#1- When I hear someone say, “Young people don’t…” you can fill in the blank but usually I hear it in regards to young people understanding what it means to work hard, how the country should run or about being appreciative.  Well, if the young people don’t it is because the old people didn’t.  The younger generation only possess what the previous generation gave them.  If the children have not been taught then it is our fault.  I love my young people, they are responsible, kind, courteous and brave.  I put in a lot of work to see that fruit. So, if you don’t like what you see then get involved and build some relationships with young people.  Our future is in their hands, we should invest in them.

la mancha dairy goatNow if you will excuse me, I am sure there is some smart farm animal misbehaving.  Don’t let Salsa’s innocent expression fool you, anarchy lurks behind those eyes!

The Weather Is Teasing Us & So Are The Goats

Feeding Geese at the park
Feeding Geese at the park

Both today and yesterday were spring like, making us long for the cold to be gone for good!  But alas, rain moves in tomorrow and cool temps follow bringing another couple of mornings below freezing.  But the weathermen have missed it before, so maybe it won’t get so cold.  One can hope…

We certainly took advantage of the balmy days.  Yesterday found us at the park feeding geese and walking in the sun around the park’s lake.  It was so nice.  Sierra still loves to swing and Jonathan loves the merry-go-round.  He had a bit of a mishap on it and landed in the mud puddle.  Then it was time to go home.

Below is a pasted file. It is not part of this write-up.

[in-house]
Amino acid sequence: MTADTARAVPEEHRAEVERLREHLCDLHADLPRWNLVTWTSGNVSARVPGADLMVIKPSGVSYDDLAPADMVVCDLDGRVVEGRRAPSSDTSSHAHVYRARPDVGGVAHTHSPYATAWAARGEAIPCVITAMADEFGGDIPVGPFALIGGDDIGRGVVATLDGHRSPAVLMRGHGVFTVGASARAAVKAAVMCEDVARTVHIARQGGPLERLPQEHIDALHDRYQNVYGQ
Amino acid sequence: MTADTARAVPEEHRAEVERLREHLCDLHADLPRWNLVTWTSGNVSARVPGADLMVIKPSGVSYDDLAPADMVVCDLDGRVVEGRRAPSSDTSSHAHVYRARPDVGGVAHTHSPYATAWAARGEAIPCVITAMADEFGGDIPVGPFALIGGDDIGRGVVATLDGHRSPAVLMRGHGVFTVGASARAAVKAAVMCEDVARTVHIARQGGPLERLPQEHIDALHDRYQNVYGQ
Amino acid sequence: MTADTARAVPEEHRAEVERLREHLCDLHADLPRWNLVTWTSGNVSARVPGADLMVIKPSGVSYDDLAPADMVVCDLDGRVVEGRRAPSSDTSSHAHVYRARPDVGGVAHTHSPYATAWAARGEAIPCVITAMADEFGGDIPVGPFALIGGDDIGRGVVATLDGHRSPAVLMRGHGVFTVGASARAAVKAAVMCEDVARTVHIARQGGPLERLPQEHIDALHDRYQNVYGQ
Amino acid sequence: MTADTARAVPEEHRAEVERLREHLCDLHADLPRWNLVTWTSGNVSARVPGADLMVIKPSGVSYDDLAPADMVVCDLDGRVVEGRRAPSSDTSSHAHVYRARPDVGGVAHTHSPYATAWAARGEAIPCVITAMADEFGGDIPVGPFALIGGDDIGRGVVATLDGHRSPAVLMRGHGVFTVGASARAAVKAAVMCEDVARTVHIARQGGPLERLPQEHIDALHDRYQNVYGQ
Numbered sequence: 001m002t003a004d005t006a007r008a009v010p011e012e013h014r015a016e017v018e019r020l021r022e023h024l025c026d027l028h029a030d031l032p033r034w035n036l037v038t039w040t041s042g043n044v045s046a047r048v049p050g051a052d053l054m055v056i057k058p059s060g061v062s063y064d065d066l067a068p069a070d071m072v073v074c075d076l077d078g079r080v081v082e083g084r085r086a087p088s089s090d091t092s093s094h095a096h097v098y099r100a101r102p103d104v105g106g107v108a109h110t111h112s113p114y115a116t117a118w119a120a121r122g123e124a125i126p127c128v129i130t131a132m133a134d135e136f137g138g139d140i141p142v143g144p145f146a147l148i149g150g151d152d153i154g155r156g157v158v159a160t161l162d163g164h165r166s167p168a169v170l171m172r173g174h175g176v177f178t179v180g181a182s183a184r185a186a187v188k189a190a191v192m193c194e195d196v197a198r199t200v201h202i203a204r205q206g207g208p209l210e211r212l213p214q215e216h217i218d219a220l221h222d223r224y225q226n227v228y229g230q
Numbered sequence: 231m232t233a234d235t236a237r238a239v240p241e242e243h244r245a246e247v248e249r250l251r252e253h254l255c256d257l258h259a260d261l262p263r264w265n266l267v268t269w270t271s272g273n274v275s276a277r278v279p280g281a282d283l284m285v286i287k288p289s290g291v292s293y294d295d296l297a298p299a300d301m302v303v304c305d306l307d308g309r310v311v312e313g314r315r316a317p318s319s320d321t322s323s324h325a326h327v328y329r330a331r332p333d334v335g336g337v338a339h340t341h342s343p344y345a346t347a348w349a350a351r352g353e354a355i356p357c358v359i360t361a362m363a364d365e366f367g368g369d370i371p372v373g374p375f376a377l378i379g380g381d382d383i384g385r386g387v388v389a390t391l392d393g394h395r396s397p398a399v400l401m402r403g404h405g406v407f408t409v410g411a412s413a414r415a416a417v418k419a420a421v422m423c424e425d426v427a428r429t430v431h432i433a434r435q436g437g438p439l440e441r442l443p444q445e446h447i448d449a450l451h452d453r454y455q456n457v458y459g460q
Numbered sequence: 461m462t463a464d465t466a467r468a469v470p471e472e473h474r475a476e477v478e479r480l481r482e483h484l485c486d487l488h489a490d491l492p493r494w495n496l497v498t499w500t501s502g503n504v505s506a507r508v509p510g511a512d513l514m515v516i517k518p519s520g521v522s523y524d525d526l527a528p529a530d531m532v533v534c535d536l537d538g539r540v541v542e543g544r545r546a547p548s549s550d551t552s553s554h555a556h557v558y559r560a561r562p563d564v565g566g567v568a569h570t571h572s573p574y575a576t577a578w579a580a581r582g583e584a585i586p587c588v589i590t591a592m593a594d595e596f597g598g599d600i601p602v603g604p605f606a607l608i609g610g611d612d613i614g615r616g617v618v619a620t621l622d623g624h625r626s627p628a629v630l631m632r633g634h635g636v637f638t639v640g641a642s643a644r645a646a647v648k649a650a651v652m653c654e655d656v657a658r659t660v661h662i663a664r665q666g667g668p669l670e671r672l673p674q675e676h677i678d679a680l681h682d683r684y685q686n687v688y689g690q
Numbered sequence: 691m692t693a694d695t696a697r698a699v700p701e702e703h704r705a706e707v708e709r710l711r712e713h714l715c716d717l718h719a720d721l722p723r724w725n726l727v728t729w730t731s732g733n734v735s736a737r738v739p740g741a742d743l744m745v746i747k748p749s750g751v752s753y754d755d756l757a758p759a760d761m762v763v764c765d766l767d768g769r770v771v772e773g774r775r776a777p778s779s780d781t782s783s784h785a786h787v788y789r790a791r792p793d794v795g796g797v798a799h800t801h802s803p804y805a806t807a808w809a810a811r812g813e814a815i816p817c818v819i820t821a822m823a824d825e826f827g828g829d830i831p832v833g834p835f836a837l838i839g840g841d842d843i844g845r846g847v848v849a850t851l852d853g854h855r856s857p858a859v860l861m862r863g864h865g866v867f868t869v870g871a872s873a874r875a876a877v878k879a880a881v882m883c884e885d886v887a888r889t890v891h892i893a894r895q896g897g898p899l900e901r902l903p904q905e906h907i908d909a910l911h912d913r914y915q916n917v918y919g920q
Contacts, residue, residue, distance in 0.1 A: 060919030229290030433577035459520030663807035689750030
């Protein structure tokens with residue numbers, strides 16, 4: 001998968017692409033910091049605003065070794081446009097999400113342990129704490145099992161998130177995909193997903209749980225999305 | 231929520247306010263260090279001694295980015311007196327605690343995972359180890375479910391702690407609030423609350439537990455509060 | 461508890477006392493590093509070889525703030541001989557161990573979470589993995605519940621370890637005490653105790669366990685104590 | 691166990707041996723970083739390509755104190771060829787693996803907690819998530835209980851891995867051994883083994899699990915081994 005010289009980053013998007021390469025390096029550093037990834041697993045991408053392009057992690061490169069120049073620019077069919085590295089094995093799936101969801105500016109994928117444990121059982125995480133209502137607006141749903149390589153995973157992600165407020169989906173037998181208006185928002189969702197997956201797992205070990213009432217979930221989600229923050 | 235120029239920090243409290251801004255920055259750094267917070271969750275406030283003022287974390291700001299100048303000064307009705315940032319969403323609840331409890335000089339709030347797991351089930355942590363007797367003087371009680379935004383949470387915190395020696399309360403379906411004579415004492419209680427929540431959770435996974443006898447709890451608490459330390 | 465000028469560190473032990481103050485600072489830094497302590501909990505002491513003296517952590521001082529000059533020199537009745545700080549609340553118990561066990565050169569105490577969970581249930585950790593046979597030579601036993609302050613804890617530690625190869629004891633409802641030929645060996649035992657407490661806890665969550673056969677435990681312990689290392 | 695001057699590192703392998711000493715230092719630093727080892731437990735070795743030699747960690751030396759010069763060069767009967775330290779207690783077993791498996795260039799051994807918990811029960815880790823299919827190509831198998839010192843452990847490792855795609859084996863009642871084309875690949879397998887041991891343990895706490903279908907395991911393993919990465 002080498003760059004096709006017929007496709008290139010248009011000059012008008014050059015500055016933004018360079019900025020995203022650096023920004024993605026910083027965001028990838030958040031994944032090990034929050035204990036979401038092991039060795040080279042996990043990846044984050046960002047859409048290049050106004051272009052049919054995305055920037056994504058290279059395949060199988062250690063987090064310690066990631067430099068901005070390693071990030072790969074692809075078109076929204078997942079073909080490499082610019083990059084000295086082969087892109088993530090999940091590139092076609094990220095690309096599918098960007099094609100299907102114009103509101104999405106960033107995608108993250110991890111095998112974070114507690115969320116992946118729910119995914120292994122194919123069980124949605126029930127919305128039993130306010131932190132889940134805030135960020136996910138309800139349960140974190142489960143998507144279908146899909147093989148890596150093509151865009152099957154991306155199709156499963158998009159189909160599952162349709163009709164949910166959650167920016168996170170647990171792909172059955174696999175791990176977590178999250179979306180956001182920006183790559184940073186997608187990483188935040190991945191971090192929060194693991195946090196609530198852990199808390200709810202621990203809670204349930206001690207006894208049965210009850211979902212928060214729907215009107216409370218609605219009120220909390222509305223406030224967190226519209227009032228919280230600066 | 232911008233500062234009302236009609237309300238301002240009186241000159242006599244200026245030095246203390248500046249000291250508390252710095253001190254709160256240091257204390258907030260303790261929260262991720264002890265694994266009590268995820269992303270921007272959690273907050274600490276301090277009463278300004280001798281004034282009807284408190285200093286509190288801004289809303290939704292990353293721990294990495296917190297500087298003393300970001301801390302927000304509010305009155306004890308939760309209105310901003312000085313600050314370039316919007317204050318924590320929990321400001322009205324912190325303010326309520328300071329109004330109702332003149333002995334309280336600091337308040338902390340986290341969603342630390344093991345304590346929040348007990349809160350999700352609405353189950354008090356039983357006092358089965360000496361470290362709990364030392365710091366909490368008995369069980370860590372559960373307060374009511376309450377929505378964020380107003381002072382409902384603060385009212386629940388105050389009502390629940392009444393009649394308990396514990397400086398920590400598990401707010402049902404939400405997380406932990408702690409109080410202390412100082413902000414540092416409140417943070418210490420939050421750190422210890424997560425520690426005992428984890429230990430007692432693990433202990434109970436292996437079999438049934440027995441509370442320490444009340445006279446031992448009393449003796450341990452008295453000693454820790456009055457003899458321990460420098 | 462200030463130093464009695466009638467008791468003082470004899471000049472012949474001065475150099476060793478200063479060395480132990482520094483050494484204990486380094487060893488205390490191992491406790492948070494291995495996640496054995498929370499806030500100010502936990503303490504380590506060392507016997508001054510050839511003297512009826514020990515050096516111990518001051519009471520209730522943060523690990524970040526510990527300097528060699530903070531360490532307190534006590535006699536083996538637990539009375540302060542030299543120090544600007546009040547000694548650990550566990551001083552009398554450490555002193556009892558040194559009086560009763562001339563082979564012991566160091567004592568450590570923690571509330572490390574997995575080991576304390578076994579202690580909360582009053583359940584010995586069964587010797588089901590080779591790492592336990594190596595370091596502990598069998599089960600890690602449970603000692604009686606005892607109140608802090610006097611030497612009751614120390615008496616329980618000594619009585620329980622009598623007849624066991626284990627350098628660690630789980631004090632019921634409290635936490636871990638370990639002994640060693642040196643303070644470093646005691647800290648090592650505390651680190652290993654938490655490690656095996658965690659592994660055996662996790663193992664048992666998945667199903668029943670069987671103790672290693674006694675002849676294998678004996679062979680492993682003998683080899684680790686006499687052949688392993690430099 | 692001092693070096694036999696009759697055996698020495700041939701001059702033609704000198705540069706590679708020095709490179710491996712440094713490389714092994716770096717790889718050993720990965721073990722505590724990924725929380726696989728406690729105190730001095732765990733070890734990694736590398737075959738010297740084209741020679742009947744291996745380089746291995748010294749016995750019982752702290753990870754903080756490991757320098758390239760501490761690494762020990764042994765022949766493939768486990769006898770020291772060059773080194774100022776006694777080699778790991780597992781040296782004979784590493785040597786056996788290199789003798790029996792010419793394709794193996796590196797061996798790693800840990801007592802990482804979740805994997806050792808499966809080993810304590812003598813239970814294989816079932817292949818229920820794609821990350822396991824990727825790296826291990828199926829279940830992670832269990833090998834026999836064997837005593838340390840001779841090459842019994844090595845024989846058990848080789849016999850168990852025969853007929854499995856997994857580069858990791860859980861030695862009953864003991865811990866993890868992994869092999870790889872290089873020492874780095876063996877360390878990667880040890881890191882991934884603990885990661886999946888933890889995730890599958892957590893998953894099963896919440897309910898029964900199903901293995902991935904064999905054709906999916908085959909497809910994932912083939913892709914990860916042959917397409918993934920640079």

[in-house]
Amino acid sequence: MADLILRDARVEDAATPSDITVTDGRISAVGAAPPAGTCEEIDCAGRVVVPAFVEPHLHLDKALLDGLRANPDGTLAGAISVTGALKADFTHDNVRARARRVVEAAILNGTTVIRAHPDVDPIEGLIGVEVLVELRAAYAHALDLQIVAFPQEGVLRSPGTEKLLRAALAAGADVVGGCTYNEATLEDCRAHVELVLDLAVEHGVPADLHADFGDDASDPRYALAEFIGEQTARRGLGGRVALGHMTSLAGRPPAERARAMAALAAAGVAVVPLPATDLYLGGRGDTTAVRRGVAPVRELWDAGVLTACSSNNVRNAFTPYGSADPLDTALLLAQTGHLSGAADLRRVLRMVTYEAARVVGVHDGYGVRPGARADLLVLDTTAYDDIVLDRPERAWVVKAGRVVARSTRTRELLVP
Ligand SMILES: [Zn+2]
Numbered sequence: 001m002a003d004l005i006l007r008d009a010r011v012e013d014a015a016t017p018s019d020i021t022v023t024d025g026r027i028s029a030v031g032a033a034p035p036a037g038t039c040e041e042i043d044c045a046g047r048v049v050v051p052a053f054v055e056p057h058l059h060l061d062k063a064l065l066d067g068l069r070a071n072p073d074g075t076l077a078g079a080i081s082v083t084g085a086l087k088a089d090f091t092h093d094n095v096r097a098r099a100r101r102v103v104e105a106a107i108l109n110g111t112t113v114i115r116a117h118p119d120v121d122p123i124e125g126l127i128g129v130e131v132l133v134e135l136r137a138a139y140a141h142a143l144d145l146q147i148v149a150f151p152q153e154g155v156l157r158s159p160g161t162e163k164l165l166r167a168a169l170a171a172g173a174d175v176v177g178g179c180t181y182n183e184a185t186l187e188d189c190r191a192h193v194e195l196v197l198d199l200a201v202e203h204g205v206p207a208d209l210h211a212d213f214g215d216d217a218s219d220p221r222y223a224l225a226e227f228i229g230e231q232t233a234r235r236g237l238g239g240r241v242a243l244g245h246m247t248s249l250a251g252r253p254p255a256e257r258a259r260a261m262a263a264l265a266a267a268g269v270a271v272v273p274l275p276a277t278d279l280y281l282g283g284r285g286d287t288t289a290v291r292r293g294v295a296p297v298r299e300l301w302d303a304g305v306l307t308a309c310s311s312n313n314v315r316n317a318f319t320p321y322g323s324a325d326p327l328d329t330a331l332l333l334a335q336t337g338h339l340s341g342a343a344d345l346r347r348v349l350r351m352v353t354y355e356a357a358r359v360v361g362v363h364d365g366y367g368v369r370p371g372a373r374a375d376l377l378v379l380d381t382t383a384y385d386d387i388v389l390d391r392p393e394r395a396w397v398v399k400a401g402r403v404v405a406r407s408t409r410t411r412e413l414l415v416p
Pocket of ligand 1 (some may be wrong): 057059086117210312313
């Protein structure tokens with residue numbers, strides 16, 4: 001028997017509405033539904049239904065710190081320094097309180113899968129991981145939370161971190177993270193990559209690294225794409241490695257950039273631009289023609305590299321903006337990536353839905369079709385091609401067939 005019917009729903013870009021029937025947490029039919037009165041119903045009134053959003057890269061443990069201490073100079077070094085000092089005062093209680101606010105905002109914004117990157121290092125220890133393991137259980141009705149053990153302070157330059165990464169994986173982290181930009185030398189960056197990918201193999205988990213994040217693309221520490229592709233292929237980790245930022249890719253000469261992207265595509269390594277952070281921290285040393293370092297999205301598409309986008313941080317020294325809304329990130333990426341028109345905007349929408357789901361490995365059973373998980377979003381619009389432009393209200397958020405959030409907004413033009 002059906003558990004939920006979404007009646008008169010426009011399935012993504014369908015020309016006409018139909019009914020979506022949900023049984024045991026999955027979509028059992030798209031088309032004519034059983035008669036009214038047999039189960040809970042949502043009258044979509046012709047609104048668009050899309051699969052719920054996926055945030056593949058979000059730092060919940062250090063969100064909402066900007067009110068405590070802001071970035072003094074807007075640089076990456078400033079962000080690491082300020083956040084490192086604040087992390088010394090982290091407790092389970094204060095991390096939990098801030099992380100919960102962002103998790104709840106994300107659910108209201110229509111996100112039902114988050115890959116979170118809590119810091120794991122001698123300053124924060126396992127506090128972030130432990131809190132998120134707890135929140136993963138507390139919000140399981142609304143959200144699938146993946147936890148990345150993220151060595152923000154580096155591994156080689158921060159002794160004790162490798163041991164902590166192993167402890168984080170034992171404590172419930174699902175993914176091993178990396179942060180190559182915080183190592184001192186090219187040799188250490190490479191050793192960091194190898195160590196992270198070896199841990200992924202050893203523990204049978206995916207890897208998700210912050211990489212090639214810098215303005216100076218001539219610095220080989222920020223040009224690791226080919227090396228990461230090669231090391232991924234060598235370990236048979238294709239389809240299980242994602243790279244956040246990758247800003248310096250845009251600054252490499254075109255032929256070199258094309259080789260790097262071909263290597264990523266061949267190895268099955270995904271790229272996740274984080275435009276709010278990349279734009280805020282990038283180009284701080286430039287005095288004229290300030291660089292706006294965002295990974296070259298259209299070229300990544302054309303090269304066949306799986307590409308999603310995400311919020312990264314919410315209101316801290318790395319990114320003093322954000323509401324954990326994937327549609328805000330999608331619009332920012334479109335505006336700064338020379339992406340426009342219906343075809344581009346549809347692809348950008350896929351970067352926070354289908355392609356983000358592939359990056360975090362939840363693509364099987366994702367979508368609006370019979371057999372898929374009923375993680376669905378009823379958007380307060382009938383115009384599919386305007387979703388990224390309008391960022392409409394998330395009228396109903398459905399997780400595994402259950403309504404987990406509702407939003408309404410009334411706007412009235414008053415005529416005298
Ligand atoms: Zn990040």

Sierra Anne
Sierra Anne

The last of the chickens for sale were picked up this morning.  I sold about six more than I planned but that was Sierra’s fault.  She heard me telling Tony that I had recieved another call from a buyer- but he wanted a dozen hens and I didn’t want to sell that many.  Sierra then asked me how much hen’s are costing at First Monday (a huge flea market here in Canton) I replied, “$10.00”  then she asked how much we were selling our for, “$12.00” I replied.   I was feeling quite proud that I was getting such a good price for my very lovely birds.  She then said, “So, sell him yours and go buy more and you will still make money on the ones you sell.”  Shrewd little business woman she is, I took her advice and sold some chickens.  Then I went and bought chicken feed.  I love it when the animals pay their own way!